And I started laughing when I realised why.

Because loving a self-made self-sustained woman is to meet an ‘other’. It is to be met with boundaries that we are required to respect. To meet someone who is not an extension of oneself. It is to come out of oneself, and meet something totally different.

Who didn’t understand boundaries

To ‘create’ a woman is an easy way to appropriate a vulnerable other and turn them into  an extension of oneself. By ‘creating’ a goddess out of the lump of unformed clay that I was, he could go on loving himself by proxy. He could be proud of himself for his ‘creation’, and easily forget that I was someone in my own right.

And I would have lived in a boundary-less infantalized union in the mistaken assumption that he loved me — maybe lionised him, fed his ego and served him hand and foot for years (I was to do that for other men in later years) till the appropriation started to hurt.  But a woman empowered in her own right would have figured out what was going on very fast.

A childhood lack of love

I see this behavior coming from a deep rooted love deficit in the formative years.

A girl/ woman who faces this lack 

It is almost the same phenomenon as a woman clinging to her child, unable to let her walk away. And equally unhealthy. The only difference is, the love deficit for girls starts right in infancy, which might reflect in choosing the infant to fill her need.

The willingness in young women like me to be infantalized by older men may also stem from the same love deficit.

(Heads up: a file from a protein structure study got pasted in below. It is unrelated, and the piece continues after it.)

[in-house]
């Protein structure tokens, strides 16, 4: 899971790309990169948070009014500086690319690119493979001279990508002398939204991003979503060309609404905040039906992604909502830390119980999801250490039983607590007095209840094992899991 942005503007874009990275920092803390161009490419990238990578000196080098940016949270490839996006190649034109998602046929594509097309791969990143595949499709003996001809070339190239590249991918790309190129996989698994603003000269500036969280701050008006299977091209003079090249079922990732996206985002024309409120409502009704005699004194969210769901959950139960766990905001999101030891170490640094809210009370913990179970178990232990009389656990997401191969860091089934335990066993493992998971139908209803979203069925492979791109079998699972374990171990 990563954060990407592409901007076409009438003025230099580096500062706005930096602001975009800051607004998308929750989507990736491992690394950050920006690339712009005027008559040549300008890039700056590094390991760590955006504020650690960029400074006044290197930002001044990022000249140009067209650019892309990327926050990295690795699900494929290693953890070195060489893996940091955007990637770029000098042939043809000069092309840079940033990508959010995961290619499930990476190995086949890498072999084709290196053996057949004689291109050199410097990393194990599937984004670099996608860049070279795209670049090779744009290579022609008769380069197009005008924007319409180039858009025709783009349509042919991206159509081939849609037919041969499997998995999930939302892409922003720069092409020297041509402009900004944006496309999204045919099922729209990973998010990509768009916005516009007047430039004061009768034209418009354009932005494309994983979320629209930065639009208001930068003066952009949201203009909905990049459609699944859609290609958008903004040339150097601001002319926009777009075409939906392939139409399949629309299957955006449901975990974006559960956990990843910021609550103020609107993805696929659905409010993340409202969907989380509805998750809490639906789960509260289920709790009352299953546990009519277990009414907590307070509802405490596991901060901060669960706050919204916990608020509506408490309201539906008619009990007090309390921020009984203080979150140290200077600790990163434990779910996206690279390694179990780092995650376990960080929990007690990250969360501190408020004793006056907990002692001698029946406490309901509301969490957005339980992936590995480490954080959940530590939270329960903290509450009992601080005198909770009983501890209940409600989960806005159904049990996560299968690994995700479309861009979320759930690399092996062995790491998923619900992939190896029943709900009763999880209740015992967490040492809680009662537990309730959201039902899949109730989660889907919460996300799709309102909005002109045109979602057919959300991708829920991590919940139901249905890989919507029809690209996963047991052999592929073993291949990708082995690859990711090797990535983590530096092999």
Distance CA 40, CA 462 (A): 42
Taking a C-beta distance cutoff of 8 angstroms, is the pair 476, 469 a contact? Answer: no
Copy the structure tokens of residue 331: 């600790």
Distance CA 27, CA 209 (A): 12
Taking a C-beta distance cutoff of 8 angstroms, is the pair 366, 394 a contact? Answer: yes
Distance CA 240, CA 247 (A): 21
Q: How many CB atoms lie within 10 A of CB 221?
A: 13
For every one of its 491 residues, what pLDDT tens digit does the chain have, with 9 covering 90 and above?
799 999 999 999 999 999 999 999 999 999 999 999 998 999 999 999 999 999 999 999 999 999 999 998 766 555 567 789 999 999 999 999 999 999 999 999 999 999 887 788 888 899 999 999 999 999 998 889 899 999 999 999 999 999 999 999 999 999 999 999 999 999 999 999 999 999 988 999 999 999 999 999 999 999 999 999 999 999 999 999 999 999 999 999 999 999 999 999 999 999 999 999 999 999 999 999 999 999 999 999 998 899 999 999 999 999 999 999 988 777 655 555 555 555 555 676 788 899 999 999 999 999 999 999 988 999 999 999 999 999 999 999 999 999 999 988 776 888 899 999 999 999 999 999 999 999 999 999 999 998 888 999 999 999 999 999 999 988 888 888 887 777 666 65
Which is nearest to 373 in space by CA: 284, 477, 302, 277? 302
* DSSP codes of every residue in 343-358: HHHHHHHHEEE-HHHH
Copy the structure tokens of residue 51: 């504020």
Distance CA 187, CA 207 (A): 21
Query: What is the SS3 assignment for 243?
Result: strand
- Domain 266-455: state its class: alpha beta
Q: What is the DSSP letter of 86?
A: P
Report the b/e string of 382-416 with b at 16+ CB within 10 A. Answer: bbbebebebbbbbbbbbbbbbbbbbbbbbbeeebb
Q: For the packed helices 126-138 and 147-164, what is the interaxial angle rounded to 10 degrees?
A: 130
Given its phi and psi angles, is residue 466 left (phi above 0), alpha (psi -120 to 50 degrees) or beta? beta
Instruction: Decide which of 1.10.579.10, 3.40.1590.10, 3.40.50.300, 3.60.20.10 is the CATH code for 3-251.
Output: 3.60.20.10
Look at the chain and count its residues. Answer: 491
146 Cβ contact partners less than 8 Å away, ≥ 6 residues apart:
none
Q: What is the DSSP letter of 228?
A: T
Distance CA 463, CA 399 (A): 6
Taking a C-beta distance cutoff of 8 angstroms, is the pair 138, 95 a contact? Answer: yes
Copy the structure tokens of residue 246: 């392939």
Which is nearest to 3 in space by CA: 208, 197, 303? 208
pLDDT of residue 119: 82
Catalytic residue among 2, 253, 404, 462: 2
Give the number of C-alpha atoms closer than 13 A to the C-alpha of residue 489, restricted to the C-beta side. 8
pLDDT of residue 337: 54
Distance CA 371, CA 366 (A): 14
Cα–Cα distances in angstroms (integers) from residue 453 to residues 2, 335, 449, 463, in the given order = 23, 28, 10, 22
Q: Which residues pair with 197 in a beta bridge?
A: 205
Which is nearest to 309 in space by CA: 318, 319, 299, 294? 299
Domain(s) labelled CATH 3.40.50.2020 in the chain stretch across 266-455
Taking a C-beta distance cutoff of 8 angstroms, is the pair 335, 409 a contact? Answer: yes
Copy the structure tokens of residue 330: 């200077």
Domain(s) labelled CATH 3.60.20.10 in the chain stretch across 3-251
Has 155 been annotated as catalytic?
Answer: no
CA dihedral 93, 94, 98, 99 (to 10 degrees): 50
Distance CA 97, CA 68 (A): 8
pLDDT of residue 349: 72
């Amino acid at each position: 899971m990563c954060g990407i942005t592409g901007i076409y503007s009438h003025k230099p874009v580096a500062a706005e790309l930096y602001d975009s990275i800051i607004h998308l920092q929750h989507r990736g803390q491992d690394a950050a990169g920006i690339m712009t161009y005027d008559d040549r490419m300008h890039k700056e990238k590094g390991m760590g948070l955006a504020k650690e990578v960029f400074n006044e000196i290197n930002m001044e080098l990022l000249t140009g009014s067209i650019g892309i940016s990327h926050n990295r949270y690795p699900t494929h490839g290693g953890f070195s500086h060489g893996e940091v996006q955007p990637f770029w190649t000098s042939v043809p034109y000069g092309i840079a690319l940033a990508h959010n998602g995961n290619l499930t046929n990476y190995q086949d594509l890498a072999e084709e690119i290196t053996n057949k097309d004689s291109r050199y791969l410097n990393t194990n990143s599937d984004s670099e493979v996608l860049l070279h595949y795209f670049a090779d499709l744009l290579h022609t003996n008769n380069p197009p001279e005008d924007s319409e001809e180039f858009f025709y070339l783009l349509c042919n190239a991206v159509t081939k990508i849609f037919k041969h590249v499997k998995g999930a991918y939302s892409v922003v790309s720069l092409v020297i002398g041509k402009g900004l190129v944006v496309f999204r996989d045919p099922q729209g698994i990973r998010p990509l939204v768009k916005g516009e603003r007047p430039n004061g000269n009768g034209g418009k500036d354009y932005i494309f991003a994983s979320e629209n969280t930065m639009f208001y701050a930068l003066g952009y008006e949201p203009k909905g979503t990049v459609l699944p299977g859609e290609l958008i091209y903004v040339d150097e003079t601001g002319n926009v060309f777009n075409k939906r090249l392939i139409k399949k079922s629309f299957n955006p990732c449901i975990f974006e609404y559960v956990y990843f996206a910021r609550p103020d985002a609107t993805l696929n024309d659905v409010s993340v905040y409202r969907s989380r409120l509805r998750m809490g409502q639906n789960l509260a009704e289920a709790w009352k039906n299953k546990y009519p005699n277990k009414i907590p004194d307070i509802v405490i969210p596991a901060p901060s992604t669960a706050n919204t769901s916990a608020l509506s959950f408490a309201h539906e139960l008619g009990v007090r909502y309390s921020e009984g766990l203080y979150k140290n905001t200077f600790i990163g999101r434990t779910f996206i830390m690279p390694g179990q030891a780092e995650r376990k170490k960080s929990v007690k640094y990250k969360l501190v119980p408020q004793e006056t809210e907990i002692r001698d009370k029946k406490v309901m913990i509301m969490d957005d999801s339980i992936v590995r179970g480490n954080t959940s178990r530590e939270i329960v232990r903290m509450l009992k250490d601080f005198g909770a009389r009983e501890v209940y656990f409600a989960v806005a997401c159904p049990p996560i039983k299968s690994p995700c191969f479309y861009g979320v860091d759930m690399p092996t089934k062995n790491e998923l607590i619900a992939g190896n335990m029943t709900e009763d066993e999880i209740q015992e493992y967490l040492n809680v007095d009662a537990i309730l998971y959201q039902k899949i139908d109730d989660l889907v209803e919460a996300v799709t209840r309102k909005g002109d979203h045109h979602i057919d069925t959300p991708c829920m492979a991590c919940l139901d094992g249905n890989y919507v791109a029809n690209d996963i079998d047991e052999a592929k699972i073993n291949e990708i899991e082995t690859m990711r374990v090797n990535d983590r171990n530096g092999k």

A boy/ man who faces this lack

With boys the love deficit starts usually at the onset of teens when the mother is pushed away and the father steps in to ‘make a man out of’ the boy’.

Maybe the endless craving for the young boundary-less woman arises from this root. I am saying this because I am coming across psychological research that says that our love seeking patterns are dictated by our love deficit — at whatever age we are denied love, we try to suit our new loves to meet the love need of that age.

Patriarchy to blame, again!

I see both phenomena as the outcome of patriarchy and misogyny. The system benefits as much from girls and young women eager to be in infantalized positions, as it benefits from inwardly empty men craving to colonize such young women to fill their emptiness.

Which is why both men and women need to fight the patriarchy shoulder to shoulder. But the reality is that while women are waking up to the need for a strong separate self from which to meet the world, men go on enjoying colonizing and infantalizing women.

Until we change the way we raise our boys to be in touch with their emotions and understand boundaries, until we raise our girls to have better self esteem and be able to enforce boundaries, I don’t see this changing much.

Then shall we?

Image source: a still from the film English Vinglish

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About the Author

Srishtaa Aparna Pallavi

Aparna Pallavi's current callings are as a therapist, contemplative writer and researcher of indigenous and forest foods. Gender and patriarchy are among her favorite subjects in her contemplative writing. Formerly she has had a read more...

19 Posts | 69,742 Views